- Stock up during sales. When the cereal Husband loves (Kashi Heart to Heart) goes on sale at Target, I buy several boxes. Same with bread, canned tomatoes and beans, and other things that have a long shelf-life or can fit in my freezer.
- Buy in bulk. Don't be afraid of the bulk bins! I get rice, lentils, dried beans and other items there at a much cheaper price than the packaged stuff. I also find the weighing machine/label printer to be a lot of fun. Whee! Like playing store.
- Go vegetarian for most or all meals. Meat is expensive (organic or not) and vegetarian meals can be budget-friendly (if you aren't going too gourmet) and are good for your health and the environment. We eat veggie-style several days a week and that offsets the cost of our organic/free-range meat. For example, this week our vegetarian meals are roasted beet & goat cheese salads, cheese tortellini & spinach soup, rice & bean burritos, and veggie lasagna.
- "Butcher" your own whole chicken. This is a little scary, but it can save you money to buy the whole chicken and cut it up into parts. (Have you ever seen a chicken neck?? Lorena Bobbitt comes to mind...) I used this tutorial to learn how to do it and it's getting easier. I also make organic chicken broth from the bones. There is also a part of me that thinks it's good to remember that a chicken is an animal - connects the dots Michael Pollan-style. [Husband's comment: It's easier for her to do this because I cut the little critter up. I don't mind it because it lets me play surgeon.]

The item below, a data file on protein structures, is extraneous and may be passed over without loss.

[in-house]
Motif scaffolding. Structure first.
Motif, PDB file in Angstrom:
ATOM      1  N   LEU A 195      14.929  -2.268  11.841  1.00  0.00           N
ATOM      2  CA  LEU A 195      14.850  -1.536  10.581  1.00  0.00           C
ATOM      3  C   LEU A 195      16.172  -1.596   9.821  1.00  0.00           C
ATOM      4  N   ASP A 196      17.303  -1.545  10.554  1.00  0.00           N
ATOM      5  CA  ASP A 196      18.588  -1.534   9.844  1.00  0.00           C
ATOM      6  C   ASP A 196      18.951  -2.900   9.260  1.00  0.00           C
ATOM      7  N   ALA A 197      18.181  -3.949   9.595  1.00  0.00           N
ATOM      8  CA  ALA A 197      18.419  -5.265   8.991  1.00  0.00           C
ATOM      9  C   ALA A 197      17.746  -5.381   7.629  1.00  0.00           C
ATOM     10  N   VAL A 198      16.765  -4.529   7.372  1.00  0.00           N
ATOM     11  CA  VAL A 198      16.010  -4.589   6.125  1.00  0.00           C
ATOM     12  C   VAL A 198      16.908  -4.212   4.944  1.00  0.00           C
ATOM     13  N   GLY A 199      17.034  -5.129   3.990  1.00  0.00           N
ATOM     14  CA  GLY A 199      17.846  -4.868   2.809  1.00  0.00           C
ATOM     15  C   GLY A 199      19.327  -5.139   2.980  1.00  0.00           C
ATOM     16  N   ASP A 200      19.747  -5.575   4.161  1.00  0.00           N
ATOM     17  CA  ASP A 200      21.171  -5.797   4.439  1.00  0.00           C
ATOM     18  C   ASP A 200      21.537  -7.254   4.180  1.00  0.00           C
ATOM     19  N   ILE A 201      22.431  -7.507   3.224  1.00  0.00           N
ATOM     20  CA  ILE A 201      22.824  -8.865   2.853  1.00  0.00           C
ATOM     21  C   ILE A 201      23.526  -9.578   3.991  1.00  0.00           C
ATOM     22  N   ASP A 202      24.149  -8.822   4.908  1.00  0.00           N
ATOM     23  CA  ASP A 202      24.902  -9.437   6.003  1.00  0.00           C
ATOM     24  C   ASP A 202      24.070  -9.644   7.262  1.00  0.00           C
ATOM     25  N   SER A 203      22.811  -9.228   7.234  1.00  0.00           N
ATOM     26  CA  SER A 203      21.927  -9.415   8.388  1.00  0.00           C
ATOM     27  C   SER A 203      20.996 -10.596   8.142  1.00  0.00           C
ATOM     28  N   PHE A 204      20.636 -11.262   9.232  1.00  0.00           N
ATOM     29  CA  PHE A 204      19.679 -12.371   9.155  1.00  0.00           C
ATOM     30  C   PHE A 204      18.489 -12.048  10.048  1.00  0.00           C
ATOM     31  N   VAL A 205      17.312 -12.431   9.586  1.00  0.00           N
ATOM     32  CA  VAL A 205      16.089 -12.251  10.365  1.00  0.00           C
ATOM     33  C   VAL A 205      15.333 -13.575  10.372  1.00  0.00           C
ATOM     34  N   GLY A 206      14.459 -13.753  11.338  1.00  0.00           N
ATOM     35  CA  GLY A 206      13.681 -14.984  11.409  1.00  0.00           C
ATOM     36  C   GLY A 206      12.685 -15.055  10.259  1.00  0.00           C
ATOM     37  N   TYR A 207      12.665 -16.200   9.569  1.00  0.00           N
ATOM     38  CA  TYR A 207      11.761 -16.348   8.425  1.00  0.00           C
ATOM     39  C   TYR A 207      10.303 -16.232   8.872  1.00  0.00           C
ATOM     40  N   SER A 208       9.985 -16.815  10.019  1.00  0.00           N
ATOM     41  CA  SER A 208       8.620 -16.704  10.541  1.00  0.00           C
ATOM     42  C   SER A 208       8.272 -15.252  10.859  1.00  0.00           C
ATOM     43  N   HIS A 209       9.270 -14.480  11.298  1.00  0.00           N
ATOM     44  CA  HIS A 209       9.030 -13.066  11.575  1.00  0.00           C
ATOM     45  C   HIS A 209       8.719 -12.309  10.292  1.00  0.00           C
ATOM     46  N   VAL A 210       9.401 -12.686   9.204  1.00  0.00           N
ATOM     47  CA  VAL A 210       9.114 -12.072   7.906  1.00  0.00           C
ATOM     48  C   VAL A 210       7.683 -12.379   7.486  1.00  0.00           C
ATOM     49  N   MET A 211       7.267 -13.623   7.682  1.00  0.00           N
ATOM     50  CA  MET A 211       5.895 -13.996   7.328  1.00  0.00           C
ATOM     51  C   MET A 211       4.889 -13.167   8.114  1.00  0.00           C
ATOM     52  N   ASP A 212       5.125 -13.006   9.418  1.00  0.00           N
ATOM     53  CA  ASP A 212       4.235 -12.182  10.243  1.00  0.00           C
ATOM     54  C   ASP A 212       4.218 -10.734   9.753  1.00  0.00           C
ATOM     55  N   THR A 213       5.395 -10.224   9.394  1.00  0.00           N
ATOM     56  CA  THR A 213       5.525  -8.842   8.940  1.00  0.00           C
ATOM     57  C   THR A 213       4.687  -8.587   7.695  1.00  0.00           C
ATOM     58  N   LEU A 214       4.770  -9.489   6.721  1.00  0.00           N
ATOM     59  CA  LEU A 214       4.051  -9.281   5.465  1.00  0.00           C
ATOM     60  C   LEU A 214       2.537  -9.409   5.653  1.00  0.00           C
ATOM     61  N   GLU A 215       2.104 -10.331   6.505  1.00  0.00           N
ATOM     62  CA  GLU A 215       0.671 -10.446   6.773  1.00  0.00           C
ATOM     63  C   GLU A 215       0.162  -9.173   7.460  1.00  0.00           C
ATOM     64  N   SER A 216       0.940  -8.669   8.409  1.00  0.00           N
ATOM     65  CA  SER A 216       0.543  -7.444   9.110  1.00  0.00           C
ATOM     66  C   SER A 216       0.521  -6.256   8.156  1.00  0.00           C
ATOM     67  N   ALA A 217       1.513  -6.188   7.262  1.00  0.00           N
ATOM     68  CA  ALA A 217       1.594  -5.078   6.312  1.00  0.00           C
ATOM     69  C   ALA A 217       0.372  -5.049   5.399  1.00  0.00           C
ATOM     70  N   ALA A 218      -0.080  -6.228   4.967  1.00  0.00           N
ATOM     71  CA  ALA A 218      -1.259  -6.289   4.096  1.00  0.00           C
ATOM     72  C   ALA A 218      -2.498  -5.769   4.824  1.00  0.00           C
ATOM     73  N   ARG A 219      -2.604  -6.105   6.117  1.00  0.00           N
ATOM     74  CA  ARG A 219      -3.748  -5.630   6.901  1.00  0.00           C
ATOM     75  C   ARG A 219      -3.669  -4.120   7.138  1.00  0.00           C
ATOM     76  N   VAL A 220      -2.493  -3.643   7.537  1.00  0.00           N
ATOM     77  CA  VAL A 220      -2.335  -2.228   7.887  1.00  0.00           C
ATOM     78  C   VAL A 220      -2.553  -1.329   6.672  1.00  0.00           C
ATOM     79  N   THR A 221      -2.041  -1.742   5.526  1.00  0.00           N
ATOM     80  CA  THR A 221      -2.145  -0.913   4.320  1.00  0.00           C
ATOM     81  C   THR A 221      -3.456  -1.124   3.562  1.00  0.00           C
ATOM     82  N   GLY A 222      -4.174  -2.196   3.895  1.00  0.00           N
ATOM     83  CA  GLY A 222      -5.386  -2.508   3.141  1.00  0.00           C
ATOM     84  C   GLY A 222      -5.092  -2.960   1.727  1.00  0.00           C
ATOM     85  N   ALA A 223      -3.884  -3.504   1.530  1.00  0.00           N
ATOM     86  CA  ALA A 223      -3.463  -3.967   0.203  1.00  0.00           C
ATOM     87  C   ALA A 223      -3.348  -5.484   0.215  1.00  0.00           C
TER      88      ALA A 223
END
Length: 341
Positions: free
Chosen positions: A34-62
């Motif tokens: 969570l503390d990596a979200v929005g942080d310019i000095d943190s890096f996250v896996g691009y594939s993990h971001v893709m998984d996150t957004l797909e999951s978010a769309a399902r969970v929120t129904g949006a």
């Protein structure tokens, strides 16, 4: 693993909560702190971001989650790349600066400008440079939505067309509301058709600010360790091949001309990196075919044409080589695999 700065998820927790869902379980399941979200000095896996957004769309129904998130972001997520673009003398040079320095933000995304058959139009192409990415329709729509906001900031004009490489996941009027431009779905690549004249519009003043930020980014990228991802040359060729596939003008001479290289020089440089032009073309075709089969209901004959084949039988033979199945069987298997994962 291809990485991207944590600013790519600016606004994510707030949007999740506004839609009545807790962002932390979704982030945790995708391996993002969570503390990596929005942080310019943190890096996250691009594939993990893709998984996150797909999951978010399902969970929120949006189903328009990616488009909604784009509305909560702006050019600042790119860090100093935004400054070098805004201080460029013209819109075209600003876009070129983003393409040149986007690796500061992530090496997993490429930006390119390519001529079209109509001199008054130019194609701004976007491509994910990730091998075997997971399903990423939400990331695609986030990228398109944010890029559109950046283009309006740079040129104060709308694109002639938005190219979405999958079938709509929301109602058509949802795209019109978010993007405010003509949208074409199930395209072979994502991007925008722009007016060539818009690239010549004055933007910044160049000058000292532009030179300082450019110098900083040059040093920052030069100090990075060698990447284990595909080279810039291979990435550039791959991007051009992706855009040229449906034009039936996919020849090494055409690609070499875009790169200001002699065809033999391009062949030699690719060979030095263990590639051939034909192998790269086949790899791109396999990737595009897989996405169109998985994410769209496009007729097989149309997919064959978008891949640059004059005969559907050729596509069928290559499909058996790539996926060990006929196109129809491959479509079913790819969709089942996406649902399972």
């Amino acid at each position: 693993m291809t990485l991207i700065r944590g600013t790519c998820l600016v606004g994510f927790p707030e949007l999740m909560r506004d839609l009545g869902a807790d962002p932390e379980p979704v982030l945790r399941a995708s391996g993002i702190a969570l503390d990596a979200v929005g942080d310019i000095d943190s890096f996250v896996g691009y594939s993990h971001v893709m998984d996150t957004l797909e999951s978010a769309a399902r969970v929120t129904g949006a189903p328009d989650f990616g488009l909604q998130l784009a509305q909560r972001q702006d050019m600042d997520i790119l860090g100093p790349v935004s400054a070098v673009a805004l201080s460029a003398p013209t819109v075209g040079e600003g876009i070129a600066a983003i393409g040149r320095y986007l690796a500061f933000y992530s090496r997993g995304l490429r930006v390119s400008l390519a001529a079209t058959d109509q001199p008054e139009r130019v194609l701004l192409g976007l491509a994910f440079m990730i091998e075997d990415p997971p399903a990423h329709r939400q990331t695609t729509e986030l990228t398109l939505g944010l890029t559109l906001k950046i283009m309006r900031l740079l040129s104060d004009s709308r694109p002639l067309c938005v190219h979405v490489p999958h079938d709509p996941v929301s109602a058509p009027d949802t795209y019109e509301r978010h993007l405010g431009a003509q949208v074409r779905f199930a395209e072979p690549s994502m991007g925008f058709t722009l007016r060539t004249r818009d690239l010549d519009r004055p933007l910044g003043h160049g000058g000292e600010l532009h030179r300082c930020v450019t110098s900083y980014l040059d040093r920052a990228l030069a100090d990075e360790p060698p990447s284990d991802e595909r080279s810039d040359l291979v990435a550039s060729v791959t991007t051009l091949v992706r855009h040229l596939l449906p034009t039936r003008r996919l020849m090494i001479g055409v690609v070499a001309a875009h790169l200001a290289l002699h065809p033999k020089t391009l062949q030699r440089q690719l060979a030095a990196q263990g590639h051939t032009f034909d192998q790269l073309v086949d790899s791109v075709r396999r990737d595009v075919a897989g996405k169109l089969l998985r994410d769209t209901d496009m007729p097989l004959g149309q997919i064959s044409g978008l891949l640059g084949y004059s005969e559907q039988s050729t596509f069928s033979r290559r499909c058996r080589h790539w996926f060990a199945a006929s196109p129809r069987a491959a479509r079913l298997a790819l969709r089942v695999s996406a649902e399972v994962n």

- Use your freezer. The goal is to cook & freeze meals ahead of time. Our freezer isn't very big (and there is not space in our townhome to buy a second freezer) so I can't do much with this, but we do try to make larger meals and then freeze things into individual portions for lunches or double portions for dinners.